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isten in English

Lion saves leopard cub

Published: 7.15.2017
Level 6   |   Time: 3:51
Accent: British
Source: BBC Global News Podcast (7.14.2017)

A lioness (female lion) finds and takes care of an orphaned leopard cub (baby).


You can download the file [ HERE ].


triangle Directions

  1. REVIEW the vocabulary.
  2. LISTEN to the audio.
  3. ANSWER the questions.
  4. CHECK your answers (Show Answers)

triangle Vocabulary

  • a leopard [n] - a type of big cat [image]
  • a cub [n] - a baby cat [image]
  • unprecedented [adj] - never happened before
  • a lioness [n] - a female lion
  • come across [phv] - find
  • the maternal instinct [n] - the instincts of a mother to take care of babies
  • hormones [n] - a chemical in the body that can affect emotions and actions
  • offspring [n] - babies
  • a scent [n] - smell
  • operational [adj] - working properly
  • a pride [n] - a group of lions
  • suckle [v] - feed a baby with milk from the mother's body
  • Rudyard Kipling [p] - author of the Jungle Book [image]
  • species [n] - a class of lifeforms (eg. homo sapiens)
  • hang on [phv] - wait
  • make it [exp] - survive
  • mortality [n] - death
  • a den [n] - a lion's home
  • fascinating [adj] - interesting
  • a GPS collar [n] - a tracking device worn around an animal's neck
  • intervene [v] - act or interfere
  • abnormal [adj] - not normal
  • the outcome [n] - the result or effect

[n] - noun,  [p] - person,  [v] - verb,  [phv] - phrasal verb,  [adj] - adjective,  [exp] - expression

triangle Questions

  1. What happened?
    A lion attacked a group of leopard cubs.
    A leopard is taking care of a lion cub.
    A lion is taking care of a leopard cub.

  2. What evidence is there of this event?
    a video
    a news story

  3. In what country did this occur?

  4. How common is an event like this?
    It happens occasionally.
    It happens a few times a year.
    It never happens.

  5. What does Dr. Dickman say she would think about an event like this before she heard about it?
    It was dangerous.
    It was exciting.
    It was impossible.

  6. What distinguishes the leopard cub from the other lion cubs?
    its size
    its smell
    its color

  7. How old is the lion?
    five weeks old
    five months old
    five years old

  8. When did she give birth?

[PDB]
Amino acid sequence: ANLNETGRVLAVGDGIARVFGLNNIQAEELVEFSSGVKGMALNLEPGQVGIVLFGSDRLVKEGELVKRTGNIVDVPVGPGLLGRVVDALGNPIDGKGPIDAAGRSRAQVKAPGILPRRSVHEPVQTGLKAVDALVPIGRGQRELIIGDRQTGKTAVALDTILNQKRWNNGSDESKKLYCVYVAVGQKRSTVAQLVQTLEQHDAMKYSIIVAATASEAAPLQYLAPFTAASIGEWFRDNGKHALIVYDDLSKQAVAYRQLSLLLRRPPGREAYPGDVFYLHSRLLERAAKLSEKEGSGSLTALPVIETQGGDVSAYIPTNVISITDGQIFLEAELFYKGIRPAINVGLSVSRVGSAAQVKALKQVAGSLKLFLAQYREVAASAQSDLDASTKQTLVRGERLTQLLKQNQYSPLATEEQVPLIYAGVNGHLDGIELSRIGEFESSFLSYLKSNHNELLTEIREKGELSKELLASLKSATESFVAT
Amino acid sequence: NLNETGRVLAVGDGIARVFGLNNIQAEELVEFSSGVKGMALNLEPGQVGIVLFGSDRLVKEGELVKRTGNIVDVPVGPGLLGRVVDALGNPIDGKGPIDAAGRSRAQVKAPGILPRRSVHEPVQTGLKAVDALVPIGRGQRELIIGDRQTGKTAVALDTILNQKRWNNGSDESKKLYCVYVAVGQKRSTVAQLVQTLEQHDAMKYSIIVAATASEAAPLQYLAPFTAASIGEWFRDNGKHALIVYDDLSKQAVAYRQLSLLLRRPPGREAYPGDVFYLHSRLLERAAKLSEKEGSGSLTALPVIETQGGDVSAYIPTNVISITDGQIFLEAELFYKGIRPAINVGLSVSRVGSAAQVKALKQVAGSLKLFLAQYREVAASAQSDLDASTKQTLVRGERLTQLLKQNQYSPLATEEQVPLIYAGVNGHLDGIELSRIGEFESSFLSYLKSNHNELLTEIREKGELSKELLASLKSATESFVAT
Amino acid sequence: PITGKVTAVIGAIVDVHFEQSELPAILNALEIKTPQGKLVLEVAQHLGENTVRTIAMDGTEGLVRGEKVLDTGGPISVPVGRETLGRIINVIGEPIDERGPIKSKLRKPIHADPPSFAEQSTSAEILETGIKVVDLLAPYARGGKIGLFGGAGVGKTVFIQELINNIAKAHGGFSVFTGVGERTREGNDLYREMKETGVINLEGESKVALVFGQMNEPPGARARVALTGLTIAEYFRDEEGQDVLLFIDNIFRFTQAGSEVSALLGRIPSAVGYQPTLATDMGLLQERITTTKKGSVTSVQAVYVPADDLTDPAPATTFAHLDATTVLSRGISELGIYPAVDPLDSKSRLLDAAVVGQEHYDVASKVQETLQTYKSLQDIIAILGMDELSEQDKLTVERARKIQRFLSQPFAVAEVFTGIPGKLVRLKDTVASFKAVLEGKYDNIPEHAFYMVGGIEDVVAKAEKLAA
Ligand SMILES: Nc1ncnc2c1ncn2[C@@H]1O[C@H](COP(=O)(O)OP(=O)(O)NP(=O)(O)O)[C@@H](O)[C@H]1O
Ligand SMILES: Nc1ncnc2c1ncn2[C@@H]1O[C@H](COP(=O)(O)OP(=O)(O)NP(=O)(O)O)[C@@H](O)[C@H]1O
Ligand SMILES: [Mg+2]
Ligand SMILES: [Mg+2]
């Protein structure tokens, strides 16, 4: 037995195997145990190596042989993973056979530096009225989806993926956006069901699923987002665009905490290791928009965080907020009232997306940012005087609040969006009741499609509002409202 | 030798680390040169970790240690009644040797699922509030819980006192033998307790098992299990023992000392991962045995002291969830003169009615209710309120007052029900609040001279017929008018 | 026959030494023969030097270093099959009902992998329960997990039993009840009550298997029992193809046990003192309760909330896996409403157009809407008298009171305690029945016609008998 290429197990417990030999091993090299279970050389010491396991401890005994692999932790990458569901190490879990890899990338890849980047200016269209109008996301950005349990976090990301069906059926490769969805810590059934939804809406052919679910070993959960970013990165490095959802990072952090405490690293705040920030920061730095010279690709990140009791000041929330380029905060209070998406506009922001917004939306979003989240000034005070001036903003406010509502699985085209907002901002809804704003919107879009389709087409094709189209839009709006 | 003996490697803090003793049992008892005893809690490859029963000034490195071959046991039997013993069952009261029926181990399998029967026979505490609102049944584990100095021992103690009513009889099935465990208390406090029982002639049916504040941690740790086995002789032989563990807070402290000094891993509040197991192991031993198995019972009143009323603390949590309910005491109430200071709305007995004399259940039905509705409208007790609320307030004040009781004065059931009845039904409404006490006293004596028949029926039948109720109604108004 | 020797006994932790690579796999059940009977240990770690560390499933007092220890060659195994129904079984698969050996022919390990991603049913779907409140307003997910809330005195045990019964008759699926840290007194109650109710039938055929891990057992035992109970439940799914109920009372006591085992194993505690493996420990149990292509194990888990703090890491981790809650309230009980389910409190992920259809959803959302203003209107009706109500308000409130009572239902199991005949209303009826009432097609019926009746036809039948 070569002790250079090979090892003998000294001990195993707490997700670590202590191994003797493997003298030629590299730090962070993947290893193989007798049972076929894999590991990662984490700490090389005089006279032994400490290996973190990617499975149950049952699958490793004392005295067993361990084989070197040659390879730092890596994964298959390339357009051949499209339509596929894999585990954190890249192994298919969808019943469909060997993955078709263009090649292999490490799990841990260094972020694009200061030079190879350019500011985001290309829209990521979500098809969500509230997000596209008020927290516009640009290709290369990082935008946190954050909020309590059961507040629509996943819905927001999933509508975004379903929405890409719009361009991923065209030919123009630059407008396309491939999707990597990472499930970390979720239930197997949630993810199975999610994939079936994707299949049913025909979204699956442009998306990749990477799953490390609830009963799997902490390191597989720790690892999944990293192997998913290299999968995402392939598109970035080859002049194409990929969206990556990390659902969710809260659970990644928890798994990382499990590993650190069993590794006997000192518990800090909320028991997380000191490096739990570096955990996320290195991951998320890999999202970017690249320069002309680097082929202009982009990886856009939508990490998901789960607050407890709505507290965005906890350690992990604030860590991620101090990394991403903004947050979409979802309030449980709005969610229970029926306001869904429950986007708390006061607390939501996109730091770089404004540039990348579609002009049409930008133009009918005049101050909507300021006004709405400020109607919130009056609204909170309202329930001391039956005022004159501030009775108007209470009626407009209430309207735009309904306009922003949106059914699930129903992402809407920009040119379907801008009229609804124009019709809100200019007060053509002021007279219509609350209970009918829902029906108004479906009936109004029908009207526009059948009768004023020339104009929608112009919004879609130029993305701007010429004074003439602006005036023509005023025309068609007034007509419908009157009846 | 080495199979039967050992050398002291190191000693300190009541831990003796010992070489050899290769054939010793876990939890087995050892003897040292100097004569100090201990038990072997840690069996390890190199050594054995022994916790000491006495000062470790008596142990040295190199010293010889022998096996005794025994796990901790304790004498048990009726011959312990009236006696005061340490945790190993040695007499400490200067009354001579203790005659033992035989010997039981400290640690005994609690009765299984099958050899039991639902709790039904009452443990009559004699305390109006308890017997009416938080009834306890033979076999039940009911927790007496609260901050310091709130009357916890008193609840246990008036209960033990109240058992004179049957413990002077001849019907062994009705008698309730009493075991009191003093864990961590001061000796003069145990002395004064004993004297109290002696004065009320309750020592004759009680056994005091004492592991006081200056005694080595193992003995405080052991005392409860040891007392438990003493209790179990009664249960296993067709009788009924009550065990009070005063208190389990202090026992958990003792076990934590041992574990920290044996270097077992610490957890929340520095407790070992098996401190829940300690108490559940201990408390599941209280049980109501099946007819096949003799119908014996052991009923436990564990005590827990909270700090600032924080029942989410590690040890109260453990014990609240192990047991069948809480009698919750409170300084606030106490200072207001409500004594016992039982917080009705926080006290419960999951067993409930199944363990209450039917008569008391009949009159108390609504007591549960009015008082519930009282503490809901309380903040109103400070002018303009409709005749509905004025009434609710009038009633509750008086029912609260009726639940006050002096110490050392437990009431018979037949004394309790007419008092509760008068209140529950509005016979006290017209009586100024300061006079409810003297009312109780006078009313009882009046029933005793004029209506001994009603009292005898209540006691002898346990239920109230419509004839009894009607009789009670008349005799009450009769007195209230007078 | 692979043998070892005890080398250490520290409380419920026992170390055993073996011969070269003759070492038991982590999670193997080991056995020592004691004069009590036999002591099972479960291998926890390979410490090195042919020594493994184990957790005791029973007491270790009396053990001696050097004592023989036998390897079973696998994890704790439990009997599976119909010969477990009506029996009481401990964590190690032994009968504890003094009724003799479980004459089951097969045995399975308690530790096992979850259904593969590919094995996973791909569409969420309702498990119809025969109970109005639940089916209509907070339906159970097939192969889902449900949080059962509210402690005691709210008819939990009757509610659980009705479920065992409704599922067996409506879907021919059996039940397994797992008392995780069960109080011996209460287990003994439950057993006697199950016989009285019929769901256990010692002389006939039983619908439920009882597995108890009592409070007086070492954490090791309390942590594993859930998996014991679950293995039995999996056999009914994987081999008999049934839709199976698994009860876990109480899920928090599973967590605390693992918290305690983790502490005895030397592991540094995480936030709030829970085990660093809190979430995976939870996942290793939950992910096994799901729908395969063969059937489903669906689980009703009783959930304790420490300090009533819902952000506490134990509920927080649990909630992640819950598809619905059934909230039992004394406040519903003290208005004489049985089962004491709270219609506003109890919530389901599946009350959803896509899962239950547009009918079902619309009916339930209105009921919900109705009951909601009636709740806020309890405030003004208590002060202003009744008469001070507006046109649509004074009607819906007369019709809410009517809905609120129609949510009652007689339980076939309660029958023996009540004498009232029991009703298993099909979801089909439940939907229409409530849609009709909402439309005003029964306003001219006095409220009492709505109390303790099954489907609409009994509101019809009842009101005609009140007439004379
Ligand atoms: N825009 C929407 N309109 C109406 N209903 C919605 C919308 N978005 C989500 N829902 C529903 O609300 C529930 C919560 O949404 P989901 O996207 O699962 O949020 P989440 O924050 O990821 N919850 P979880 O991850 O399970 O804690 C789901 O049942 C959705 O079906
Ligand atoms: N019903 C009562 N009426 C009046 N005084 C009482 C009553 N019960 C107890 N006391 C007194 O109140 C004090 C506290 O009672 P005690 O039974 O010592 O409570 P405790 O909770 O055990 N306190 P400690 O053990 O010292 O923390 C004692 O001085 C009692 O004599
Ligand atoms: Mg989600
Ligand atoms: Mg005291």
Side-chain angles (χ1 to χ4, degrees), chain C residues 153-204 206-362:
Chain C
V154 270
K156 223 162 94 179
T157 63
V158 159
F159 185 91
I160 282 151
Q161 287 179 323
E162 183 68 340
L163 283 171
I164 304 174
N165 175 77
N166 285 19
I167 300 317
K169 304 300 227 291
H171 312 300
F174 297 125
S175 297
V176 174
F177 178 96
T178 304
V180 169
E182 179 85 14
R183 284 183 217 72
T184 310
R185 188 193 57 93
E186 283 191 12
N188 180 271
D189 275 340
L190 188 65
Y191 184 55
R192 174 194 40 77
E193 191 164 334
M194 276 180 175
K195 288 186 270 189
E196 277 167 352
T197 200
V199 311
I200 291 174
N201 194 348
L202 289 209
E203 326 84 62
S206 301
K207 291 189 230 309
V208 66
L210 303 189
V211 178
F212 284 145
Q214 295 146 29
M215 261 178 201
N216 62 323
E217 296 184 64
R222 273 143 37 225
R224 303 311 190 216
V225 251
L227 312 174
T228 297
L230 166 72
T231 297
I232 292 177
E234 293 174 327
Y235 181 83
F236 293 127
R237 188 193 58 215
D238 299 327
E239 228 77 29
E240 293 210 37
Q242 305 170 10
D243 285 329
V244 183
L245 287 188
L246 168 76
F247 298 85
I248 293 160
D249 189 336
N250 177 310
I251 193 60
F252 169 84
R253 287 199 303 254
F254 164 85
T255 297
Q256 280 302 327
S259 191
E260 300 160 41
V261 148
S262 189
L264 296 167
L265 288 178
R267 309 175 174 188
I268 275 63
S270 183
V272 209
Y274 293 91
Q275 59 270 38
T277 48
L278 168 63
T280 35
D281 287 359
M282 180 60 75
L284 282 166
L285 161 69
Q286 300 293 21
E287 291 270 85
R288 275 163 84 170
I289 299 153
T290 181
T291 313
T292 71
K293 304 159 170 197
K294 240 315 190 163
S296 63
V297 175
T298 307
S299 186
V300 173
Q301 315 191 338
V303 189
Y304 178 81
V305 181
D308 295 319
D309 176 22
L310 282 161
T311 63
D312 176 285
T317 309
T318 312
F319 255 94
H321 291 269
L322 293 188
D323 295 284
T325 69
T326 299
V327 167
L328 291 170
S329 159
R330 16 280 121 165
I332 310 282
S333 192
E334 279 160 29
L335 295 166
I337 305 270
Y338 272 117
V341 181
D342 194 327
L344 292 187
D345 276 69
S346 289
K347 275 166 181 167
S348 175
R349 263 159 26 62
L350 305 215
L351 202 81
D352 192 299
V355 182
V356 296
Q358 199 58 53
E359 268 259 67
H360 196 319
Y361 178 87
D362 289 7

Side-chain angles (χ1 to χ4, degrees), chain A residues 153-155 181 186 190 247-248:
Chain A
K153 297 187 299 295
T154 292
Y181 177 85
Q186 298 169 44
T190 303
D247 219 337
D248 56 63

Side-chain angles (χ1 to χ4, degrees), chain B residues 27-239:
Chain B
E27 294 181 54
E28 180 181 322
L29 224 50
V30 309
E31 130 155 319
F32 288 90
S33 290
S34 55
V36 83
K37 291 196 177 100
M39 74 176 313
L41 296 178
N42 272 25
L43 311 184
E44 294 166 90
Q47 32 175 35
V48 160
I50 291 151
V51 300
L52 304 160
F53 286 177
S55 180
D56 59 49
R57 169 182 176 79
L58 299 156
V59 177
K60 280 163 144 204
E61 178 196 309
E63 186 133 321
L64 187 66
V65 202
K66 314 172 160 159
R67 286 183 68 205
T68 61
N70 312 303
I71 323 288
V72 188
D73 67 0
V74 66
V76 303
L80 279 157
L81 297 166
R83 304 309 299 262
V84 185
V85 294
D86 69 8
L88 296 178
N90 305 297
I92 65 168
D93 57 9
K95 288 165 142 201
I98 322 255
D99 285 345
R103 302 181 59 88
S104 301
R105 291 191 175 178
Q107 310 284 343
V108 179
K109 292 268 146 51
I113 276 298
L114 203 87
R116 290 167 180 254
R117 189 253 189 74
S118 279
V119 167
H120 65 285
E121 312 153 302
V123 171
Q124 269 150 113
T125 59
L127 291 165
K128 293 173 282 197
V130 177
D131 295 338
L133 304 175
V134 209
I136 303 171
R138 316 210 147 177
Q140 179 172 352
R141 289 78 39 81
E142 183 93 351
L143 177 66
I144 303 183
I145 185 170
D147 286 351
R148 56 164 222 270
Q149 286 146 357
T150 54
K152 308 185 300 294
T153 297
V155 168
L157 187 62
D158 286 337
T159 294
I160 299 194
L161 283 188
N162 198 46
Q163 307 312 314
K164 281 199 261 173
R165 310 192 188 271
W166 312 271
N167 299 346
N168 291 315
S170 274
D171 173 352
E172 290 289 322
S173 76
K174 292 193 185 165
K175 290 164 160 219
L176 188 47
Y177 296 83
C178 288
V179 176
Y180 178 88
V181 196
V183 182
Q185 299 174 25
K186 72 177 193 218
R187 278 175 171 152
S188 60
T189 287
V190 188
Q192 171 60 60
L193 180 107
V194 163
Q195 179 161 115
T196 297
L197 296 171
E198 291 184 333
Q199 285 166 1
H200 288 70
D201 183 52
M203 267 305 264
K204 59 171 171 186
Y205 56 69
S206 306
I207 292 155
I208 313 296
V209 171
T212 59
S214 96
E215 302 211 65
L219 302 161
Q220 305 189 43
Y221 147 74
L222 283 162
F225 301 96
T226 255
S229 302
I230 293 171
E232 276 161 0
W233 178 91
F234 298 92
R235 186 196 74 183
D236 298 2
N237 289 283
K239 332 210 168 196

5 months ago
    in June

  9. About how old is the leopard cub?
    about 5 months old
    a year old
    the same age as the lion cubs

  10. According to Dr. Dickman, what may have happened to the leopard cub's mother?
    The leopard cub's mother was killed by hunters.
    The leopard cub's mother was killed by the lion.
    The leopard cub's mother had too many cubs.

  11. What is important for getting a sheep to take care of a lamb that is not its own?

  12. What behaviors do lionesses with new cubs often exhibit (show)?
    They suckle other lions' cubs.
    They hunt a lot.
    They keep their cubs isolated from the pride (group) for up to 8 months.
    They kill their weakest cubs.

  13. What is the survival rate for normal lion cubs?
    about 50%
    about 67%
    almost 100%

  14. Does Dr. Dickman think the leopard cub will survive?

  15. According to Dr. Dickman, what problems could the leopard cub experience?
    The other lion cubs could try to kill the leopard cub.
    It could have trouble nursing from the lioness.
    The lioness may try to kill it.
    The pride could try to kill it when it joins the pride.

  16. What is the lioness wearing?
    a coat
    a GPS collar

  17. Does Dr. Dickman think humans will try to help the leopard cub?

triangle Script

Well there are some incredible photos now doing the rounds online showing a leopard cub being nursed not by humans but by a lioness in the wild, in Tanzania. A rare perhaps even unprecedented event. Dr. Amy Dickman is a conservation biologist at the University of Oxford and has been studying big cats for 20 years. She gave her reaction to the photos to my colleague Dan Damon.